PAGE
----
Almost six years ago, Urbina was sentenced to 14 years and seven months in prison in Venezuela for attempted murder. As the well-documented story goes, Urbina attacked a handful of farm workers accused of theft at his Caracas home with a machete and tried to set them on fire.
The very last team Urbina pitched for prior to the incident was the Phillies, whom he came to after a 2005 trade that sent Placido Polanco to the Tigers.
Urbina is now working out with the Caracas Lions, the most successful team in Venezuelan baseball history. But, as Urbina told El Nacional, the ultimate goal is to get back to the bigs.
"The objective is to pitch. When? My arm will say, and that's why I'm here," Urbina said. "I'll work out two times a day if it's necessary, but my primary goal is to suit up with the Lions. After that, we'll know if any doors open to me [in MLB], which is what I want. I know that right now my mechanics aren't very good, but my arm is healthy. I only have to work on the details."
Urbina was one of the game's more reliable late-inning relievers from 1995-2005. His ERA was 3.00 or lower in five of 11 seasons, and over the last nine years of his career Urbina struck out 131 more batters than innings pitched.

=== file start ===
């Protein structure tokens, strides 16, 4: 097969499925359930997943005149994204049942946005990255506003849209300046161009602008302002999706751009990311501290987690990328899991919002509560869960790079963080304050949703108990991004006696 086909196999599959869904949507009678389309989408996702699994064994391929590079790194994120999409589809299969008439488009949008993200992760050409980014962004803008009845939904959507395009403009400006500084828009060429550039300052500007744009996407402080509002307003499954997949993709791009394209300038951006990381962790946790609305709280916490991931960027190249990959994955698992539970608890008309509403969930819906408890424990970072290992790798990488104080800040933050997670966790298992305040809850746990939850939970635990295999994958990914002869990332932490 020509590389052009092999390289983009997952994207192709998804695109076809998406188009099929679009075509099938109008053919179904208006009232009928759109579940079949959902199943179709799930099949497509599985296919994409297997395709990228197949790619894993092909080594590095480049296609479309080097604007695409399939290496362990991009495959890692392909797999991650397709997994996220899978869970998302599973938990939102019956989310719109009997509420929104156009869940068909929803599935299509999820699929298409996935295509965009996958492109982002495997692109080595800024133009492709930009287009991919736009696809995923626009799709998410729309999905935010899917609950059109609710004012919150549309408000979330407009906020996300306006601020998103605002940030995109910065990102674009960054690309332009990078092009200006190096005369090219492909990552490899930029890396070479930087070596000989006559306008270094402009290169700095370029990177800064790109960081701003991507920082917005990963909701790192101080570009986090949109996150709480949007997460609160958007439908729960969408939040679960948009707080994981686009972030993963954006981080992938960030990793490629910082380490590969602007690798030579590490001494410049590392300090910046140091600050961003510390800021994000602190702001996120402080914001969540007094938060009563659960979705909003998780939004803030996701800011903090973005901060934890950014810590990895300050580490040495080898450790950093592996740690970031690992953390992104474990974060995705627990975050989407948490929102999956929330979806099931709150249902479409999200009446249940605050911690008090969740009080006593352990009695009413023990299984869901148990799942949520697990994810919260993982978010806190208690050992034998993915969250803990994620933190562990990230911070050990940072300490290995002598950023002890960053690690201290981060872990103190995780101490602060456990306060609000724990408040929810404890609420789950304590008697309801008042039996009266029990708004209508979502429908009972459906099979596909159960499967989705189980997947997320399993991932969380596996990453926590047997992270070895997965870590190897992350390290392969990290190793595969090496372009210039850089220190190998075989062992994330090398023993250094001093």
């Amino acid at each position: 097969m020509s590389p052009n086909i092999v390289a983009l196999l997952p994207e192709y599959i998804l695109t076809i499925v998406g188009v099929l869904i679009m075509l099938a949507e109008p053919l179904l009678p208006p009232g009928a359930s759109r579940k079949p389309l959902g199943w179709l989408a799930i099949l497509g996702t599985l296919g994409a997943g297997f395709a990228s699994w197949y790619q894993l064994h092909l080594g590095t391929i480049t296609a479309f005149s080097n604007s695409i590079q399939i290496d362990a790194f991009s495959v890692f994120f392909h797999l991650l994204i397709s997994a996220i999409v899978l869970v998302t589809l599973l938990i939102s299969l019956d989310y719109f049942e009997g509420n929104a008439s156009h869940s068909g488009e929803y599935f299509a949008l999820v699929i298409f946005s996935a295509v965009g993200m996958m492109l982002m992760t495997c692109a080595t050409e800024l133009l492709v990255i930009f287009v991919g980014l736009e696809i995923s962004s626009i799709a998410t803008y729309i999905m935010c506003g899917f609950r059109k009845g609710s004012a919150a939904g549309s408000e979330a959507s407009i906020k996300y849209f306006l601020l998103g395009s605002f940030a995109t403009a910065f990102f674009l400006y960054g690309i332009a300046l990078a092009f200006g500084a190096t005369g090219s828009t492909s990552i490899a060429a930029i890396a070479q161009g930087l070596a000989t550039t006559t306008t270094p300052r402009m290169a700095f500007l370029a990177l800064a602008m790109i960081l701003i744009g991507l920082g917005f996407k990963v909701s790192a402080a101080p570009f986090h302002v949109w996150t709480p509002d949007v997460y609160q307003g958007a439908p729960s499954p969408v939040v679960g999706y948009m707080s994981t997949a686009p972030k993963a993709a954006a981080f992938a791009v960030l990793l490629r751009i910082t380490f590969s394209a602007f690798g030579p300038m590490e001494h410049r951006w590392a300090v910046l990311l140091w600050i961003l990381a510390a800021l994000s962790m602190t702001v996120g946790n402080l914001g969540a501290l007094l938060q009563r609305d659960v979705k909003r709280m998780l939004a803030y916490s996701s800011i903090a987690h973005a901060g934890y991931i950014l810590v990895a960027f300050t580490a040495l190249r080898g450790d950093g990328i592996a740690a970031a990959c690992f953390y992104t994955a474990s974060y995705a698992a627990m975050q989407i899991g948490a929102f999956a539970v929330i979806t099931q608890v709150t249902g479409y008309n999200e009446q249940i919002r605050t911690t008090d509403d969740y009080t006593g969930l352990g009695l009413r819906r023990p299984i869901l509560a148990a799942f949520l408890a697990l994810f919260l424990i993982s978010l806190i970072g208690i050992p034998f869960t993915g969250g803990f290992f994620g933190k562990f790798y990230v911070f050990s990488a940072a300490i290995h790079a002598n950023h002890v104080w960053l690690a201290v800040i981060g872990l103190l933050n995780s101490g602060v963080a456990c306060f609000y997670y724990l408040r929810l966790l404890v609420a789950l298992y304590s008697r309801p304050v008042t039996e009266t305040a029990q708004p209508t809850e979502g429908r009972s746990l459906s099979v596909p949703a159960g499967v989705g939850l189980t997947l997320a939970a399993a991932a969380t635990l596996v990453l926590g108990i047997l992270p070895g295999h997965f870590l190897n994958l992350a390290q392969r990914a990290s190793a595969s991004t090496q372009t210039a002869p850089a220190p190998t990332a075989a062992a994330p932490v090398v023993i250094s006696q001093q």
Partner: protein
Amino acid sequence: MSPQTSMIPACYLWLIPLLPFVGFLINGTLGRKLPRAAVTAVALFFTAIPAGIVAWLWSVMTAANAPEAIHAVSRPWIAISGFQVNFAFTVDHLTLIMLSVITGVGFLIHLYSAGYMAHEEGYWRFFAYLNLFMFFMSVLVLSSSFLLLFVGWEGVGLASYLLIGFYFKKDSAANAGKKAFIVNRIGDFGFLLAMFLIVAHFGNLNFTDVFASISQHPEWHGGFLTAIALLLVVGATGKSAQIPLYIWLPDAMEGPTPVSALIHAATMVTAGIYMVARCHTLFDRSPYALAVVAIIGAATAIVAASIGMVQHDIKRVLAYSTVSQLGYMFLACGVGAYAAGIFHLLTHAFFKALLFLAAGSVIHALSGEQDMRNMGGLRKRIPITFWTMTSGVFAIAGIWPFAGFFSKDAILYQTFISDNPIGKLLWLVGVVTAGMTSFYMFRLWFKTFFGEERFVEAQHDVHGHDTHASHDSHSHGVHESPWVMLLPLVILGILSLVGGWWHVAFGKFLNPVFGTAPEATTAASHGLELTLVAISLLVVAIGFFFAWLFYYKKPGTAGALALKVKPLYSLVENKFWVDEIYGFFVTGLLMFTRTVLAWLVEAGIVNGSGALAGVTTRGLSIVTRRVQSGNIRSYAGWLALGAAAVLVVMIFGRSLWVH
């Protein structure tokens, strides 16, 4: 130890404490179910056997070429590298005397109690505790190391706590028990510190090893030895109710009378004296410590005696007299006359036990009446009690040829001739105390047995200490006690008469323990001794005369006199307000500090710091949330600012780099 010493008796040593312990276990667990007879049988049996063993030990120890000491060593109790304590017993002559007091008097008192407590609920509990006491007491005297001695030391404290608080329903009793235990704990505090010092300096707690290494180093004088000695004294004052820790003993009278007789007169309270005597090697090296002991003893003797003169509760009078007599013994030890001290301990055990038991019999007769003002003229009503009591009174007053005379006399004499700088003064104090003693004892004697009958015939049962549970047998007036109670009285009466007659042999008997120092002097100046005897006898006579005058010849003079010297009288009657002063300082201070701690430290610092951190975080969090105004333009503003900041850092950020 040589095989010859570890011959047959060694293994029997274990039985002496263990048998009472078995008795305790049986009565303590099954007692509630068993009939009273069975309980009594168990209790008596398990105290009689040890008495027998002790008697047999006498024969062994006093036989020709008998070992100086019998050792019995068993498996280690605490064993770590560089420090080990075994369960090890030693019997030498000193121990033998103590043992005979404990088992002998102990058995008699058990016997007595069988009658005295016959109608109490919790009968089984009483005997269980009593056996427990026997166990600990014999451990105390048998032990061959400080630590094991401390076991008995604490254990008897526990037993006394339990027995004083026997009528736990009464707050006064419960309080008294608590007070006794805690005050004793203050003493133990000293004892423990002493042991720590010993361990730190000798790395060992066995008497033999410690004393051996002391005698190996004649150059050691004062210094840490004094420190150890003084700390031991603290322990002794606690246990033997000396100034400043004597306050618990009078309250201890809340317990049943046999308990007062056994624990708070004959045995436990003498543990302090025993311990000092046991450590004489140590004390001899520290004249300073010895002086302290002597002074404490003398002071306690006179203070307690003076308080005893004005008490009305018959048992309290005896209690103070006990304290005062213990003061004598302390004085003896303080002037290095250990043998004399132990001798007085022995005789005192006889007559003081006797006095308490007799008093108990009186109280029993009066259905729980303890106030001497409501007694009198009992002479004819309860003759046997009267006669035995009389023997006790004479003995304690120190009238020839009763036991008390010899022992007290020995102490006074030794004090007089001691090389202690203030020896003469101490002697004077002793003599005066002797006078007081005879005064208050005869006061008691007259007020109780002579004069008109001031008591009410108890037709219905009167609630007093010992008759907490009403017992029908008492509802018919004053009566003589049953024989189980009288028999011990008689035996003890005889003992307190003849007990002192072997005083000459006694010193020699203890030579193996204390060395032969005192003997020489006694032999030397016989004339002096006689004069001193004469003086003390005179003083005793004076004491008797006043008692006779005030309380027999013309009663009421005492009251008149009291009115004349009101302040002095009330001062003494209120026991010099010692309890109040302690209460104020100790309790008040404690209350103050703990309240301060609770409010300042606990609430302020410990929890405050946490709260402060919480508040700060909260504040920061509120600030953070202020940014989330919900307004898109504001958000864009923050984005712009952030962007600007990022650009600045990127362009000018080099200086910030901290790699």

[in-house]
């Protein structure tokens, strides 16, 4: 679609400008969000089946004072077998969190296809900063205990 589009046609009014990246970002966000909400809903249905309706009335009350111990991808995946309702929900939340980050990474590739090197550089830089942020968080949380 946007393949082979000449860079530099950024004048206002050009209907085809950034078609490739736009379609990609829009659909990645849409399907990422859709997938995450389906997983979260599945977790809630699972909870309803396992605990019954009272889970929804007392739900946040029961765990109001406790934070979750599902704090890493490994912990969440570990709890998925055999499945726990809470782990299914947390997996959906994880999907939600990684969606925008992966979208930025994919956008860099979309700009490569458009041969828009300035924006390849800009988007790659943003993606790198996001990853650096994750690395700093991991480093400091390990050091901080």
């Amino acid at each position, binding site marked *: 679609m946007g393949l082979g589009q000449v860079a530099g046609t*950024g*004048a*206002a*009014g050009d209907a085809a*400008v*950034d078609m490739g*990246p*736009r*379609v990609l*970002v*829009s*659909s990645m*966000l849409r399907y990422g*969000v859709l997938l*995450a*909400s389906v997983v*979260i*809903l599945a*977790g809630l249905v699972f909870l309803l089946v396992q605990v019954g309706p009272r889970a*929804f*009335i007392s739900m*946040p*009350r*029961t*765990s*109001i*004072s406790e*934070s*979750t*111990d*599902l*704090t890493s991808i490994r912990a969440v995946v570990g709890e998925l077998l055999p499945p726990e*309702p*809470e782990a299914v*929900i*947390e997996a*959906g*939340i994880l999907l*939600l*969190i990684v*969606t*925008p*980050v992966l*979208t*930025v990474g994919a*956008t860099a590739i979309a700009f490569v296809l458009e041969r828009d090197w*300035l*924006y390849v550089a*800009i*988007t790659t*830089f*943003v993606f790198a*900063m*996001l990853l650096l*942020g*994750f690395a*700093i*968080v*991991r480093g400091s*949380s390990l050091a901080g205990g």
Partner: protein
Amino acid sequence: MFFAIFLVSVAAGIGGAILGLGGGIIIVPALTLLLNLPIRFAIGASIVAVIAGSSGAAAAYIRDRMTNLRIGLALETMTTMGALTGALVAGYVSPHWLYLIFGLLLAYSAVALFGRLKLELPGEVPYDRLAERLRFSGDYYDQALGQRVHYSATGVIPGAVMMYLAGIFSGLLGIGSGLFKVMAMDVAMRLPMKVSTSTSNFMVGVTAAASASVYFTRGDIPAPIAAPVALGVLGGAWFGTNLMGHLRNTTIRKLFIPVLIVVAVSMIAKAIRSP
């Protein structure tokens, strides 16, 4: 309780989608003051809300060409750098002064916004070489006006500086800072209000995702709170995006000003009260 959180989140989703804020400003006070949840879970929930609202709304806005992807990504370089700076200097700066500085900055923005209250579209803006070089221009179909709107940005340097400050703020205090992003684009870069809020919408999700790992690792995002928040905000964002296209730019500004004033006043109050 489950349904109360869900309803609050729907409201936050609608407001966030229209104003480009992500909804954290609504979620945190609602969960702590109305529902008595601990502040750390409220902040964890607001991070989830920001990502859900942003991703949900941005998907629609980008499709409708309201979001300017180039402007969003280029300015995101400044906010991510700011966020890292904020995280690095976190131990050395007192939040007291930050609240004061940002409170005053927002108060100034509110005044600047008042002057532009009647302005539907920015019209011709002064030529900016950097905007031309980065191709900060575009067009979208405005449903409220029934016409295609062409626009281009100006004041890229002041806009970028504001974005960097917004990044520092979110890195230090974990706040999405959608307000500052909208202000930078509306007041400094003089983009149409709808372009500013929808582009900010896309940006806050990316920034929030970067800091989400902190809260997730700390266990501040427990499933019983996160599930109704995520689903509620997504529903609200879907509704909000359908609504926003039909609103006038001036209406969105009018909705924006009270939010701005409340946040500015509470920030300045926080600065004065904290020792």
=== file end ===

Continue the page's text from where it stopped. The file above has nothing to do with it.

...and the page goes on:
In Urbina's lone season in Philly, he and Ryan Madson served as a solid bridge to Billy Wagner. Urbina gave up four runs in two-thirds of an inning in his first appearance as a Phillie, but after that pitched to a 3.46 ERA while going 4-3 with 18 holds and six blown saves. The Phils were 56-46 after his arrival, and at 88-74 finished one game behind the wild-card Houston Astros, who were swept in the World Series by the White Sox.
Odds are Urbina won't make it back to The Show because of his seven-year hiatus and attempt to set five people on fire. But there was no news today on Geoff Geary, Terry Adams or Aquilino Lopez, so...